I’ve searched everywhere for a topic solely on the Dash 8 family, but only found feature requests. If this is a duplicate, please tell me!
Let’s talk about the Dash-8.
“The Bombardier Dash 8 or Q-Series, previously known as the de Havilland Canada Dash 8 or DHC-8, is a series of twin-engine, medium-range, turboprop airliners. Introduced by de Havilland Canada (DHC) in 1984, they are now produced by Bombardier Aerospace. Over 1,000 Dash 8s of all models have been built.” - Wikipedia
The Q400 was modelled after the Dash-7, an aircraft capable of steep descents and short runway landing and takeoff capabilities. There are four MAIN series of Dash-8s:
Each variant came with different upgrades to the aircraft, most notably the cabin length changes and the landing gear design (-400). However, the -200 has the same airframe as the -100, but this aircraft was fitted with the more powerful Pratt & Whitney PW123s. Below are the photos of each aircraft, but they aren’t in order. These photos do NOT belong to me, but I’ve sourced them from google. See if you can work out which plane is which!
Want to know which airlines operate the Dash series? Go and click the text below this:
List of Dash-8 operators.
Here are some general specs of the aircraft: (again, not my image, but this is sourced from Wikipedia)
But why was the Dash-8 created in the first place?
Sources are all from: Wikipedia
”In the 1970s, de Havilland Canada had invested heavily in its Dash 7 project, concentrating on STOL and short-field performance, the company’s traditional area of expertise. Using four medium-power engines with large four-bladed propellers resulted in comparatively lower noise levels, which combined with its excellent STOL characteristics, made the Dash 7 suitable for operating from small in-city airports, a market DHC felt would be compelling. However, only a handful of air carriers employed the Dash 7, as most regional airlines were more interested in operational costs than short-field performance.”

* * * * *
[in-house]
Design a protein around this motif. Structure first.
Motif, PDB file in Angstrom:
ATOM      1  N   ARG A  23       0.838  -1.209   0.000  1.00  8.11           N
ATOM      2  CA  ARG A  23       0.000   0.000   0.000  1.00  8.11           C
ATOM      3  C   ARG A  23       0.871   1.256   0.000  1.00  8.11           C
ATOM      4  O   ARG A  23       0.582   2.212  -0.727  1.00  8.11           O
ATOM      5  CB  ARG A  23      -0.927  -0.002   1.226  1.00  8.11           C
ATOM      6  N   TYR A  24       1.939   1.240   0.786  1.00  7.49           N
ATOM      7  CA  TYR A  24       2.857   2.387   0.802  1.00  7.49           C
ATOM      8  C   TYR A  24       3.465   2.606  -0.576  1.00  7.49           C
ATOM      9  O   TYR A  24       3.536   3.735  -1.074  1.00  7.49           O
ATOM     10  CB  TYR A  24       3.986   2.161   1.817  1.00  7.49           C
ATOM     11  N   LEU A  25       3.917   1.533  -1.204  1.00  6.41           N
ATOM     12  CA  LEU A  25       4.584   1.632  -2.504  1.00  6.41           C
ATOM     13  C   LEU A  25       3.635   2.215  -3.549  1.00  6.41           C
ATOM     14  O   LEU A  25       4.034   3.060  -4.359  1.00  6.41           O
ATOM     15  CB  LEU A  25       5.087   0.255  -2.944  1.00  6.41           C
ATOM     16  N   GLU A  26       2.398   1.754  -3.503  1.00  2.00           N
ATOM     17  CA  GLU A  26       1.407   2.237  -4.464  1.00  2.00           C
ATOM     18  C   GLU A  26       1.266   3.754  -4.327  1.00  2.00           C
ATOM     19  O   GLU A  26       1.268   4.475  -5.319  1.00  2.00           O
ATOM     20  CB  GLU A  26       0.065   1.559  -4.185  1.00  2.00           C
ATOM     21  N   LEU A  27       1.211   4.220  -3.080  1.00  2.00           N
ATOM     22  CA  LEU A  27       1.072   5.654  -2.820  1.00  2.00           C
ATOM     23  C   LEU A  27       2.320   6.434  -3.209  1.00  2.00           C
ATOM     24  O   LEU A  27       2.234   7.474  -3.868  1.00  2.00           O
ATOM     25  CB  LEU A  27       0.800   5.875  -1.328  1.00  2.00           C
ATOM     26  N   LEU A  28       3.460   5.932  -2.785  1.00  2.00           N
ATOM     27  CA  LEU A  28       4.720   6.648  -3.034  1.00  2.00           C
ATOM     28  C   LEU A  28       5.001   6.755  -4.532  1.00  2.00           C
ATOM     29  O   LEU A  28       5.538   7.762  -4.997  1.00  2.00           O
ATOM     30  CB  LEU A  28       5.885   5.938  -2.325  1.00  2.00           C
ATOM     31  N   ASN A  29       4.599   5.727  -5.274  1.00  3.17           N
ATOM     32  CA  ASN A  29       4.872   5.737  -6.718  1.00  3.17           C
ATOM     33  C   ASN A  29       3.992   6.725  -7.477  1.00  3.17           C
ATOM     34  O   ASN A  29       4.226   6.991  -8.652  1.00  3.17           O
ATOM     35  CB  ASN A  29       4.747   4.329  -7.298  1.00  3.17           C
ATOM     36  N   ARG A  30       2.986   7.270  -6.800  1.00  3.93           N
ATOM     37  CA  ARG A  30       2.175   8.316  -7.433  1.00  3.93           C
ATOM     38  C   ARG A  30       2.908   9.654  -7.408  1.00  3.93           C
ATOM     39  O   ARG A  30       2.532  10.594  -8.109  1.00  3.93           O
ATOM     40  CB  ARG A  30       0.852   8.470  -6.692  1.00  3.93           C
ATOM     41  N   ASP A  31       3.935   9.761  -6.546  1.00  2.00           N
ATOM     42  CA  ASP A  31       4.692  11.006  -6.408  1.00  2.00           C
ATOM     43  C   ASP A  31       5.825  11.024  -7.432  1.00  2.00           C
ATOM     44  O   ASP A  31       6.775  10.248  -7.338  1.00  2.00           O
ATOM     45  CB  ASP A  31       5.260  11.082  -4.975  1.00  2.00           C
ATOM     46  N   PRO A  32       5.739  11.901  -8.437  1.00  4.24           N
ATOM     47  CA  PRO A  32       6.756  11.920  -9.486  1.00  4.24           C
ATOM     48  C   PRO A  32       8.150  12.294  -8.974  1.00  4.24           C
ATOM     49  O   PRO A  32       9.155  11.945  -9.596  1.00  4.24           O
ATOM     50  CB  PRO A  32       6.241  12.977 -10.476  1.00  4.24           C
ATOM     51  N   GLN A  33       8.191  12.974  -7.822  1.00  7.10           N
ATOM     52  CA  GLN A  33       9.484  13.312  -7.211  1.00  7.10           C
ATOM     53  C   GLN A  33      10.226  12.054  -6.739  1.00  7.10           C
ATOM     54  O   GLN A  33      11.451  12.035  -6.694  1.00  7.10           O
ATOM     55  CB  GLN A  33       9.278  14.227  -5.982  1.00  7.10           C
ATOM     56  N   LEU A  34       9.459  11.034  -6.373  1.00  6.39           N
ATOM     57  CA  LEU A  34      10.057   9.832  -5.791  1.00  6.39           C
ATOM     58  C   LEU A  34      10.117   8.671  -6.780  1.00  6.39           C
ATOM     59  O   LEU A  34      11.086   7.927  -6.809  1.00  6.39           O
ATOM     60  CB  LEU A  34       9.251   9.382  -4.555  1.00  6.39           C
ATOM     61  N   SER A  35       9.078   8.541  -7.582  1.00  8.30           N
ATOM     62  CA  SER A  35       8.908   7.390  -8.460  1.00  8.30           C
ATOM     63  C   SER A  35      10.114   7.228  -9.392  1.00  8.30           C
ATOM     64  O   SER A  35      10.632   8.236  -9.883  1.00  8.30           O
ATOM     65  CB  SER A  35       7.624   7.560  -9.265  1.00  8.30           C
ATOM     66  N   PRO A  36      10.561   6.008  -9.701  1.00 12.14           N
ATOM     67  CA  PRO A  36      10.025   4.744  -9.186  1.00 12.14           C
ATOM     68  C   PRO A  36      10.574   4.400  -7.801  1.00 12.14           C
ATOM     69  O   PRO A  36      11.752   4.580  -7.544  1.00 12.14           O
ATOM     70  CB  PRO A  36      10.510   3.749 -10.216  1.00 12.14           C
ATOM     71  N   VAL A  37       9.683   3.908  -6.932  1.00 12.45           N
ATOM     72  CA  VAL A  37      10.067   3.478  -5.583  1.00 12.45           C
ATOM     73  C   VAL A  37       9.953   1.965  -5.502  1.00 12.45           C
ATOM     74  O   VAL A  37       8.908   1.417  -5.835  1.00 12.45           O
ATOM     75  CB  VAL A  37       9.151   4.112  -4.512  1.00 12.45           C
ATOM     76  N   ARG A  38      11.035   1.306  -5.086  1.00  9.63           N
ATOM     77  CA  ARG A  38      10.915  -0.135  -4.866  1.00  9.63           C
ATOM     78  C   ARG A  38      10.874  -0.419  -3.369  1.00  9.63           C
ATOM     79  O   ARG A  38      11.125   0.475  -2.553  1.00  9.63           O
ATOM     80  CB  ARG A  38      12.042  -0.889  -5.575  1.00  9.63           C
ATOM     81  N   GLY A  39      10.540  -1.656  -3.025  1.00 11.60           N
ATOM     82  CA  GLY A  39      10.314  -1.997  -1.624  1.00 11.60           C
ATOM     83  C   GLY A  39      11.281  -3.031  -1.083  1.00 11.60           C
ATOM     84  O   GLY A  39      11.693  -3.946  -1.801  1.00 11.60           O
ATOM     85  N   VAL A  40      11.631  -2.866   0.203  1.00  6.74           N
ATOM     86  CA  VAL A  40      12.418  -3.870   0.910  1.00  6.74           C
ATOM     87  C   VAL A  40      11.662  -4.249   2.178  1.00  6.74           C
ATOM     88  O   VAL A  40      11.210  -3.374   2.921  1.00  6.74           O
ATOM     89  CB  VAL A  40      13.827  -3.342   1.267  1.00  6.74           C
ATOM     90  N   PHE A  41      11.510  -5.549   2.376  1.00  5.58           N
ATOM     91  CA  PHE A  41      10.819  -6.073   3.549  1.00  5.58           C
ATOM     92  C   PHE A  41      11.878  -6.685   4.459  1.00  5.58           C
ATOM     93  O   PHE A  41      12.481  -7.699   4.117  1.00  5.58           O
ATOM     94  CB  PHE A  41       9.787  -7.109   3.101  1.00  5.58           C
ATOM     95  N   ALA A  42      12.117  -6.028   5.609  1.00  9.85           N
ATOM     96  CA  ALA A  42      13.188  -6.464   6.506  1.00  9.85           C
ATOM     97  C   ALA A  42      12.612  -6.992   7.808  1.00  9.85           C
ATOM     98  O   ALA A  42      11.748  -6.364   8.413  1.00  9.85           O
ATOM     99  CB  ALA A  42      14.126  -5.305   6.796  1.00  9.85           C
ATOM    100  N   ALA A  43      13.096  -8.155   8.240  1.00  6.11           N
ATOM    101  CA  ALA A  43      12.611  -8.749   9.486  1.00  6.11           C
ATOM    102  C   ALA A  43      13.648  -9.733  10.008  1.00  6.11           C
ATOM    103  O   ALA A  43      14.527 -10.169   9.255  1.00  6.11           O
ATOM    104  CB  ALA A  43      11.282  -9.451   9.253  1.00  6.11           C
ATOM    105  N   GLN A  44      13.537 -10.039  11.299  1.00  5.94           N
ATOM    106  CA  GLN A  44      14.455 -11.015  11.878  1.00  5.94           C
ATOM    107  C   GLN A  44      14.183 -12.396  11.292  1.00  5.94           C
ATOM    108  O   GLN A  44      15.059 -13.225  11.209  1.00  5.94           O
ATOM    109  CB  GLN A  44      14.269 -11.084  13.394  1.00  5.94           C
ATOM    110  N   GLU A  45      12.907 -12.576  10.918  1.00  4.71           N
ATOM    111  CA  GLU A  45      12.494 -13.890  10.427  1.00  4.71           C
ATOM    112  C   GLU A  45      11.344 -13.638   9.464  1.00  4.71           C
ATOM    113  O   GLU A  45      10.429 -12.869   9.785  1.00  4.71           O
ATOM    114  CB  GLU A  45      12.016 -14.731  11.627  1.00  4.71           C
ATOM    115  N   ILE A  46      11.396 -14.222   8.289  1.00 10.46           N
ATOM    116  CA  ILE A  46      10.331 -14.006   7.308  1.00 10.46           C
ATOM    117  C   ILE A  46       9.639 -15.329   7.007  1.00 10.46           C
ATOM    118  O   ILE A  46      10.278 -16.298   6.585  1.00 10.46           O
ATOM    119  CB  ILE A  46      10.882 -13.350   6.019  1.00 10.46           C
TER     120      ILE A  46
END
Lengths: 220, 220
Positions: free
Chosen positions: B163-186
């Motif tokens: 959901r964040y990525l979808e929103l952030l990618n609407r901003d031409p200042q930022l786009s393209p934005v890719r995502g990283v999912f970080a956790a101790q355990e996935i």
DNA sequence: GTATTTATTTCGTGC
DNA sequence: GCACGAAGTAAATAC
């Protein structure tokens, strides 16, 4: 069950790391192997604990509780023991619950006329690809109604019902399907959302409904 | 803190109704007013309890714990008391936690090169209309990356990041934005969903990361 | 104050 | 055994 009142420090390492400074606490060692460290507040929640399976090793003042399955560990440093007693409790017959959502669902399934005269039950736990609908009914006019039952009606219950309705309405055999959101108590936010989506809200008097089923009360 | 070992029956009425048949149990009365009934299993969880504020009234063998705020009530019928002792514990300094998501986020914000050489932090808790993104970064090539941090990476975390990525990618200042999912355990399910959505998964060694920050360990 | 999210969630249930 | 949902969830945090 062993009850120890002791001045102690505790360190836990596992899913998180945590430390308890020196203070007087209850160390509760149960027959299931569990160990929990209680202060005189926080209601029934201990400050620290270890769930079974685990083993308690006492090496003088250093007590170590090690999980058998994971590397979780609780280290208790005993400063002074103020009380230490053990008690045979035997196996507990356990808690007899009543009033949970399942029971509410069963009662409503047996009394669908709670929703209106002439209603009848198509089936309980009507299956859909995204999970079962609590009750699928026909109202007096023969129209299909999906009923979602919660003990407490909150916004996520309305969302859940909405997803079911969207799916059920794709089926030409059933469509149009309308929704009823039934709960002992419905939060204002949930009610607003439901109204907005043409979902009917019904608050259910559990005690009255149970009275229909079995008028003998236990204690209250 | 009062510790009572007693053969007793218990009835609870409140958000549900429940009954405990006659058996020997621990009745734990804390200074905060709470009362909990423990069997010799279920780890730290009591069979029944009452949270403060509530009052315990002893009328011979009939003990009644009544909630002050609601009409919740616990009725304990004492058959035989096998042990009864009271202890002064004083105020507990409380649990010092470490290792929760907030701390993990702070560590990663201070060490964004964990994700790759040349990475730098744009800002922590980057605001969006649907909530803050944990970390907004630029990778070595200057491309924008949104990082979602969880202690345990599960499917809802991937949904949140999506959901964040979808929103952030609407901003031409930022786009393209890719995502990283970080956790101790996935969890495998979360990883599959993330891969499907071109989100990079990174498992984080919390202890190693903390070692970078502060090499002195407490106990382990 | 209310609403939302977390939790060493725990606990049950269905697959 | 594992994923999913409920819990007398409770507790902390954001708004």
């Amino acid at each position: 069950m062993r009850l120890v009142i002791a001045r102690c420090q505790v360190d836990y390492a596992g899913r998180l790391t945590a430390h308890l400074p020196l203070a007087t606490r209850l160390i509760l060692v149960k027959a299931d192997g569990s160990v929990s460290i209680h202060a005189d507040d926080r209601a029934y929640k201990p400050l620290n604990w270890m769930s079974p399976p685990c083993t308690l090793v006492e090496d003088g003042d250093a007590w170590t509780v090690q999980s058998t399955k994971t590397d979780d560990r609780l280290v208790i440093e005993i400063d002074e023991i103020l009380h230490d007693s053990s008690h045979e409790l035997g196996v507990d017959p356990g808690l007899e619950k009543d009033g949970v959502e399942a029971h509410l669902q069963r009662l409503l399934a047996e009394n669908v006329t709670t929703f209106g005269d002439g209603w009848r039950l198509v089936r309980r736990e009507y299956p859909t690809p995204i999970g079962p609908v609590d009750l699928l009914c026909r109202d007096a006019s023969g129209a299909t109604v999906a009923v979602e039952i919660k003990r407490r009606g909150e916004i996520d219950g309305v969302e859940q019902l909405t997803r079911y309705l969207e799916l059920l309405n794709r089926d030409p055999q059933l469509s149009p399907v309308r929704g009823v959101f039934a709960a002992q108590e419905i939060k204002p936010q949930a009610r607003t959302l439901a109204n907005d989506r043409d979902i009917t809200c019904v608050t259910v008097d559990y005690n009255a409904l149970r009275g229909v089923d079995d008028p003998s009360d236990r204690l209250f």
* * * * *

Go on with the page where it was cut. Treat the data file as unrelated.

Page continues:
”In 1980, de Havilland responded by dropping the short-field performance requirement and adapting the basic Dash 7 layout to use only two, more powerful engines. Its favoured engine supplier, Pratt & Whitney Canada, developed the new PW100 series engines for the role, more than doubling the power from its PT6. Originally designated the PT7A-2R engine, it later became the PW120. When the Dash 8 rolled out on April 19, 1983, more than 3,800 hours of testing had been accumulated over two years on five PW100 series test engines. Certification of the PW120 followed in late 1983.”
Let’s show some love for the mighty Dash-8 on Infinite Flight!
The developers have worked so hard to make the Dash-8 such a beast to fly, and I thank them everyday for all their efforts put into this plane. Personally, it’s one of my favourite aircrafts to fly on IF, as it’s just so elegant and satisfying to control.
Hopefully, after this post, you’ll know more about the Dash-8 and fly it more often. Thank you!